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I'm currently trying to load a UITableView list of Flickr Photo (cs193p iOS Stanford, assignment 5). To avoid UI blocking event, I've deferred the thumbnail download of each cell into a different queue (but do update the UI back in the main queue). This code doesn't asynchronously load the images, though does add a thumbnail once I click on of the UITableViewCell row. (see screenshots below). Any idea what i'm doing wrong?

PS: I've looked already in a few other stackoverflow questions & Apple's LazyTableImages example, but I remain convinced this is the cleanest way to achieve the desired result.

Thanks!

- (UITableViewCell *)tableView:(UITableView *)tableView cellForRowAtIndexPath:(NSIndexPath *)indexPath
{
    static NSString *CellIdentifier = @"Photo List Cell";
    UITableViewCell *cell = [tableView dequeueReusableCellWithIdentifier:CellIdentifier];

    // Configure the cell
    NSDictionary *photo = [self.photoList objectAtIndex:indexPath.row];


    if (photo != nil) {
        if ([[photo objectForKey:@"title"] length] > 0) {
            cell.textLabel.text = [photo objectForKey:@"title"];
        } else if ([[[photo objectForKey:@"description"] objectForKey:@"_content"] length] > 0) {
            cell.textLabel.text = [[photo objectForKey:@"description"] objectForKey:@"_content"];
        } else {
            cell.textLabel.text = @"Unknown";
        }
    }
    cell.imageView.image = [[UIImage alloc] initWithCIImage:nil];

    // Fetch using GCD
    dispatch_queue_t downloadThumbnailQueue = dispatch_queue_create("Get Photo Thumbnail", NULL);
    dispatch_async(downloadThumbnailQueue, ^{
        UIImage *image = [self getTopPlacePhotoThumbnail:photo];
        dispatch_async(dispatch_get_main_queue(), ^{
            if ([self.tableView.visibleCells containsObject:cell]) {
                [cell.imageView setImage:image];
            }
        });
    });
    dispatch_release(downloadThumbnailQueue);

    return cell;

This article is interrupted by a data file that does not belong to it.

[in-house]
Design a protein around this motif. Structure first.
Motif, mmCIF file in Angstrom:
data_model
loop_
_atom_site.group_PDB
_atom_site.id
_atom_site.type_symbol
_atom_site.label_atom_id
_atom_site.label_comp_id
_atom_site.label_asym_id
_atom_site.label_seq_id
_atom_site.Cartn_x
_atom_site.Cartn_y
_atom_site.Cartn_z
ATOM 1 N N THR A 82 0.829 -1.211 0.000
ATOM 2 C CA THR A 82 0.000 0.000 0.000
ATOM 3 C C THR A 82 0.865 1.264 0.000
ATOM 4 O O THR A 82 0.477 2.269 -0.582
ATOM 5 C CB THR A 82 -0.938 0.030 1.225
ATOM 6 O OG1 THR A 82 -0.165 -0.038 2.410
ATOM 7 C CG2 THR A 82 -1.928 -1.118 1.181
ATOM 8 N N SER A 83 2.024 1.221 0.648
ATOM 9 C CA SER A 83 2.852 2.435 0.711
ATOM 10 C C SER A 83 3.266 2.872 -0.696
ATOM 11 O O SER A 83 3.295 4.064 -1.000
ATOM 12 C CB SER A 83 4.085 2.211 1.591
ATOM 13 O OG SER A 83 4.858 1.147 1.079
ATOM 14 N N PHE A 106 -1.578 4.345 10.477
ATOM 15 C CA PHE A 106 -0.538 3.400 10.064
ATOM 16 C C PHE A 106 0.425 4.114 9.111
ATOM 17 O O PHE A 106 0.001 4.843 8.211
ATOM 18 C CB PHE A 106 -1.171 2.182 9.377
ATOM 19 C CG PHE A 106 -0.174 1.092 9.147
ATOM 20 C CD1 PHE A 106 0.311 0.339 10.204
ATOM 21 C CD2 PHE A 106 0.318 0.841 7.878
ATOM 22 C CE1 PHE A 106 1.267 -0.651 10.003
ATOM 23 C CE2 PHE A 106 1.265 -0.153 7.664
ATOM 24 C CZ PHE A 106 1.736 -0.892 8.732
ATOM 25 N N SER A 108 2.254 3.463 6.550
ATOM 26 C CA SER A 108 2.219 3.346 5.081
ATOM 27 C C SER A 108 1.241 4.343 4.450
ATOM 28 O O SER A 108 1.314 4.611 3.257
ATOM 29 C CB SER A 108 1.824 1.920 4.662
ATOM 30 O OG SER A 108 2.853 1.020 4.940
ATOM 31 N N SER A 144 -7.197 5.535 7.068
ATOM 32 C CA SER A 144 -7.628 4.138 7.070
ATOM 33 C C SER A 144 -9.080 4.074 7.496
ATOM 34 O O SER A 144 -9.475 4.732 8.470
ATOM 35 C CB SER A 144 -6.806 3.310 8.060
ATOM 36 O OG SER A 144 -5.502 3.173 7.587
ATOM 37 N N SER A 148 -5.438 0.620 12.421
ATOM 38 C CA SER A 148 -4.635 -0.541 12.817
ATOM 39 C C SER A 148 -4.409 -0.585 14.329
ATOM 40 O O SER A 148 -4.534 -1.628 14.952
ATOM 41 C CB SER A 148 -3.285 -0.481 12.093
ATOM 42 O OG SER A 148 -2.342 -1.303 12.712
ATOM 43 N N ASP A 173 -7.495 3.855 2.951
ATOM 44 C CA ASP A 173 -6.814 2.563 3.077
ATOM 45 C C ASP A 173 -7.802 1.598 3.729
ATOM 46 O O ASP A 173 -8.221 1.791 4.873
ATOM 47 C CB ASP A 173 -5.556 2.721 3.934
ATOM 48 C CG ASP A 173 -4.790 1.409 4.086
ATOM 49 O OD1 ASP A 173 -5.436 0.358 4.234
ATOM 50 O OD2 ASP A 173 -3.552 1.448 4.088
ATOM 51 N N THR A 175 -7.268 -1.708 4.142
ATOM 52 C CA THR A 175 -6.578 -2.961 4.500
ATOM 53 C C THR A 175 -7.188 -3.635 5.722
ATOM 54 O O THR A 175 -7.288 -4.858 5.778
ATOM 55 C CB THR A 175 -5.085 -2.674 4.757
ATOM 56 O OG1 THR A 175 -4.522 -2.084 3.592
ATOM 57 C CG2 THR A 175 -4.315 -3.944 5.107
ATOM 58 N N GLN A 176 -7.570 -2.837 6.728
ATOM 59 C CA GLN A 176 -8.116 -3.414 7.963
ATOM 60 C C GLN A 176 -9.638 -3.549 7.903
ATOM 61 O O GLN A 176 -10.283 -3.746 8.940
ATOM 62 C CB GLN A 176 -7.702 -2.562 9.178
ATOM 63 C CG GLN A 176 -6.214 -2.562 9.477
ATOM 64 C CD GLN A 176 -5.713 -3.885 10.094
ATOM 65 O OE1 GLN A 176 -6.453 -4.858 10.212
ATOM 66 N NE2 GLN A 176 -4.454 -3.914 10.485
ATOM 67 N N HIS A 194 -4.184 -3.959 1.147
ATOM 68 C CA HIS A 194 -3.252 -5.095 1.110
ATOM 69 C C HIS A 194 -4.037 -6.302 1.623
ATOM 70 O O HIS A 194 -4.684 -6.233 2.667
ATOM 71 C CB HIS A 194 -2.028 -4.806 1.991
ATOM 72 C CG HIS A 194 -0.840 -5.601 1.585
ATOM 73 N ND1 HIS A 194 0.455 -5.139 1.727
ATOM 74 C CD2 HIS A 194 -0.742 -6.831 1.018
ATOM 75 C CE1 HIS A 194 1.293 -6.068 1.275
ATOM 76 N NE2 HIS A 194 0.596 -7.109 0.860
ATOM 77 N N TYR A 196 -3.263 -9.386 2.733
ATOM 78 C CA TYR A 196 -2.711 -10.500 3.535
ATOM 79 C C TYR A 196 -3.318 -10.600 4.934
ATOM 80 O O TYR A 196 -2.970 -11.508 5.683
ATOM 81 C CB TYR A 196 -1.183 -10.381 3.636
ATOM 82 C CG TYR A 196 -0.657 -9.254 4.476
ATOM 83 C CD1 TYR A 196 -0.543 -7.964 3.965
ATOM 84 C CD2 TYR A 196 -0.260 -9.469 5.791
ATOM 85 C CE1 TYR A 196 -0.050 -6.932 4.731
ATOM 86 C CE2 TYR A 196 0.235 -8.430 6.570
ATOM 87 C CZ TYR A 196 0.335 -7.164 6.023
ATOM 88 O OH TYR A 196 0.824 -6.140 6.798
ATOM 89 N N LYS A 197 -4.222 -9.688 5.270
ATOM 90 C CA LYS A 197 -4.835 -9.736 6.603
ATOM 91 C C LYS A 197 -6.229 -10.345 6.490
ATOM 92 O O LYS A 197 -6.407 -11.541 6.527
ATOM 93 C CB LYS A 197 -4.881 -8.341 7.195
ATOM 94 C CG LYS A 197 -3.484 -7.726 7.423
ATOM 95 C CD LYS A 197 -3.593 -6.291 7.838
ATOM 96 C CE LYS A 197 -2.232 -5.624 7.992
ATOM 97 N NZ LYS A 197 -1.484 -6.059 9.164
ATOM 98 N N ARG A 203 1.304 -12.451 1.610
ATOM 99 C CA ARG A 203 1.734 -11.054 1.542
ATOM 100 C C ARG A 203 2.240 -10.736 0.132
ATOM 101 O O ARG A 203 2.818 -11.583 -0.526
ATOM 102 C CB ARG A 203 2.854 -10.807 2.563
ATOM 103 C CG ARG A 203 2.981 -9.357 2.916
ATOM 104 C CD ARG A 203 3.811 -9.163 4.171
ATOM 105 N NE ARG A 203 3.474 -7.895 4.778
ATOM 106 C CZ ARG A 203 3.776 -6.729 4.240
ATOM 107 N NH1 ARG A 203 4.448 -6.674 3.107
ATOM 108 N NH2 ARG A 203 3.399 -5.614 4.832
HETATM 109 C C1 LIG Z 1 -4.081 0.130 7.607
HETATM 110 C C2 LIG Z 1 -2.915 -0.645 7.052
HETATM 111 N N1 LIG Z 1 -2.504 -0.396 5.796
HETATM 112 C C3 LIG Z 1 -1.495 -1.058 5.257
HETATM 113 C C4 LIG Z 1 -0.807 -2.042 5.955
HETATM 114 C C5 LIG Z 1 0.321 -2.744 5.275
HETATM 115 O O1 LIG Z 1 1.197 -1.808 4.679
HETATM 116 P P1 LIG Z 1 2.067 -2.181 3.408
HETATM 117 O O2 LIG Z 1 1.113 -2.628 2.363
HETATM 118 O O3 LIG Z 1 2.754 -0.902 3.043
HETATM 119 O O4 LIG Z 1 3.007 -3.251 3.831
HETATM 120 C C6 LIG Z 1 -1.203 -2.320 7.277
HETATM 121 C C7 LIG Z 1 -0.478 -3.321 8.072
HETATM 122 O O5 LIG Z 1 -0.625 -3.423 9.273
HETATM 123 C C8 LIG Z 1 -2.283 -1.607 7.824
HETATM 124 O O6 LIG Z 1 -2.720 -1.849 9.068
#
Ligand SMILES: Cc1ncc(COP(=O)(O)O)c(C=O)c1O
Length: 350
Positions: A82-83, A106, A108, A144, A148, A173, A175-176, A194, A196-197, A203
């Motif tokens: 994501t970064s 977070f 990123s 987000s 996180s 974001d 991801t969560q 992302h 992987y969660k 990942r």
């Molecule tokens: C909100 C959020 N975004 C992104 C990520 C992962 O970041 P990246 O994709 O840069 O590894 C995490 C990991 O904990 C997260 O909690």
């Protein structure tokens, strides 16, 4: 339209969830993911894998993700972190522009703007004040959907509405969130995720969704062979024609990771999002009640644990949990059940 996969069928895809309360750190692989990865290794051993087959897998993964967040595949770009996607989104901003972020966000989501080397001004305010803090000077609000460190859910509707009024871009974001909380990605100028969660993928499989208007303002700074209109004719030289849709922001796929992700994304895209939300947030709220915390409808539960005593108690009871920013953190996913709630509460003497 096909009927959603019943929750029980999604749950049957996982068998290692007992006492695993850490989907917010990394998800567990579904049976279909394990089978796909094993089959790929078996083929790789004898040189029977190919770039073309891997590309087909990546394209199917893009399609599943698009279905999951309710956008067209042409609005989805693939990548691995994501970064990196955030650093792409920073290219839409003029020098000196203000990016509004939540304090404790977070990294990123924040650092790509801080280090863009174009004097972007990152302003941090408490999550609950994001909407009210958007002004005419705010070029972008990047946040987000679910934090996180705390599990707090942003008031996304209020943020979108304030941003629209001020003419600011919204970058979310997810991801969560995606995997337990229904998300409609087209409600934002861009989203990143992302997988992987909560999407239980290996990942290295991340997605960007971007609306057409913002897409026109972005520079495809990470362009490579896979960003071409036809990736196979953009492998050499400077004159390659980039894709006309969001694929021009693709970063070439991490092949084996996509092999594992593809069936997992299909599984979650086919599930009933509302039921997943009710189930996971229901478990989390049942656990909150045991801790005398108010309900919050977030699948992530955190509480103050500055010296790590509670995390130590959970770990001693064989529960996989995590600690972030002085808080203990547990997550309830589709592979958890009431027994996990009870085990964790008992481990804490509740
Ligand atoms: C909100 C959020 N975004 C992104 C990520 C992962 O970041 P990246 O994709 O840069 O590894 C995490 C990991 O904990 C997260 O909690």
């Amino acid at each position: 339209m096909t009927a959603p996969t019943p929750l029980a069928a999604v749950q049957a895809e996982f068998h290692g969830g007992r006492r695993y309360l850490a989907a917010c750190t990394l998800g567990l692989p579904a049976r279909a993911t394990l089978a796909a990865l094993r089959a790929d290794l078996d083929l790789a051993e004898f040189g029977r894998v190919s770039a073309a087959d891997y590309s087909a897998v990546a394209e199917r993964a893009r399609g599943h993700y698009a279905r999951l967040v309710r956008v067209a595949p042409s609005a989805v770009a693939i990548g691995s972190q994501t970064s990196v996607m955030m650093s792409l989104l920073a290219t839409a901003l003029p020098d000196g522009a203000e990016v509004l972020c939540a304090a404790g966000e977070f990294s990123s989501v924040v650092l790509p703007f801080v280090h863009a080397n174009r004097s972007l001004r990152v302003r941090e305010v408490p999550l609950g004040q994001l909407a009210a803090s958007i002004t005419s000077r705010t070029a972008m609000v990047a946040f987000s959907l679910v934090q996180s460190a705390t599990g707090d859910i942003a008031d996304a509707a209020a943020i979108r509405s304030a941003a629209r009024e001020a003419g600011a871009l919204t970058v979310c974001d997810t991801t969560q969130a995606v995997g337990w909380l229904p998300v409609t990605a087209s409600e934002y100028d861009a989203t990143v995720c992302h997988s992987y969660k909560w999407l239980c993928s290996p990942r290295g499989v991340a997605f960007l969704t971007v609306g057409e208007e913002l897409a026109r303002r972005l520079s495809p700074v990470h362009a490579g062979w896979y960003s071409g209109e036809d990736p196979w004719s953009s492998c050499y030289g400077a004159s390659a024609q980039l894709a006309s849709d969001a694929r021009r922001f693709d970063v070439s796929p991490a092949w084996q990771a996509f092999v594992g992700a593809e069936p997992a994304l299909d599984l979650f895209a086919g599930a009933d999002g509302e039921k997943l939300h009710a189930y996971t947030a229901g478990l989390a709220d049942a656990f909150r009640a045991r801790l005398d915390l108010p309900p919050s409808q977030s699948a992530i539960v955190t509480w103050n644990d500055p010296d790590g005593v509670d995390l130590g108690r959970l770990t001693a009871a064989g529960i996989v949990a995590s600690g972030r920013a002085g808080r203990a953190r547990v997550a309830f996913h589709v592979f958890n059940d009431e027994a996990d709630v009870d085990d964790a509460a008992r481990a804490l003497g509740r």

}

Before clicking a row Before clicking a row

After selecting the row After selecting the row

UPDATE: For those interested, this is the final code I used:

- (UITableViewCell *)tableView:(UITableView *)tableView cellForRowAtIndexPath:(NSIndexPath *)indexPath
{
  static NSString *CellIdentifier = @"Photo List Cell";
  UITableViewCell *cell = [tableView dequeueReusableCellWithIdentifier:CellIdentifier];

  // Configure the cell
  NSDictionary *photo = [self.photoList objectAtIndex:indexPath.row];

  if (photo != nil) {
    if ([[photo objectForKey:@"title"] length] > 0) {
        cell.textLabel.text = [photo objectForKey:@"title"];
    } else if ([[[photo objectForKey:@"description"] objectForKey:@"_content"] length] > 0) {
        cell.textLabel.text = [[photo objectForKey:@"description"] objectForKey:@"_content"];
    } else {
        cell.textLabel.text = @"Unknown";
    }
  }
  cell.imageView.image = [[UIImage alloc] initWithCIImage:nil];

  // Fetch using GCD
  dispatch_queue_t downloadThumbnailQueue = dispatch_queue_create("Get Photo Thumbnail", NULL);
  dispatch_async(downloadThumbnailQueue, ^{
    UIImage *image = [self getTopPlacePhotoThumbnail:photo];
    dispatch_async(dispatch_get_main_queue(), ^{
        UITableViewCell *cellToUpdate = [self.tableView cellForRowAtIndexPath:indexPath]; // create a copy of the cell to avoid keeping a strong pointer to "cell" since that one may have been reused by the time the block is ready to update it. 
        if (cellToUpdate != nil) {
            [cellToUpdate.imageView setImage:image];
            [cellToUpdate setNeedsLayout];
        }
    });
  });
  dispatch_release(downloadThumbnailQueue);

  return cell;
}
share|improve this question
    
Hey, this is totally off topic, but wondering if inside the block you send to the main thread, instead of checking for object equality on the cell, check if a cell at indexPath exists? –  Carl Veazey Sep 7 '12 at 4:42
    
I just tried this: if ([self.tableView cellForRowAtIndexPath:indexPath] != nil) { ...etc } and it works just fine as well. Is that what you had in mind? –  sybohy Sep 7 '12 at 4:47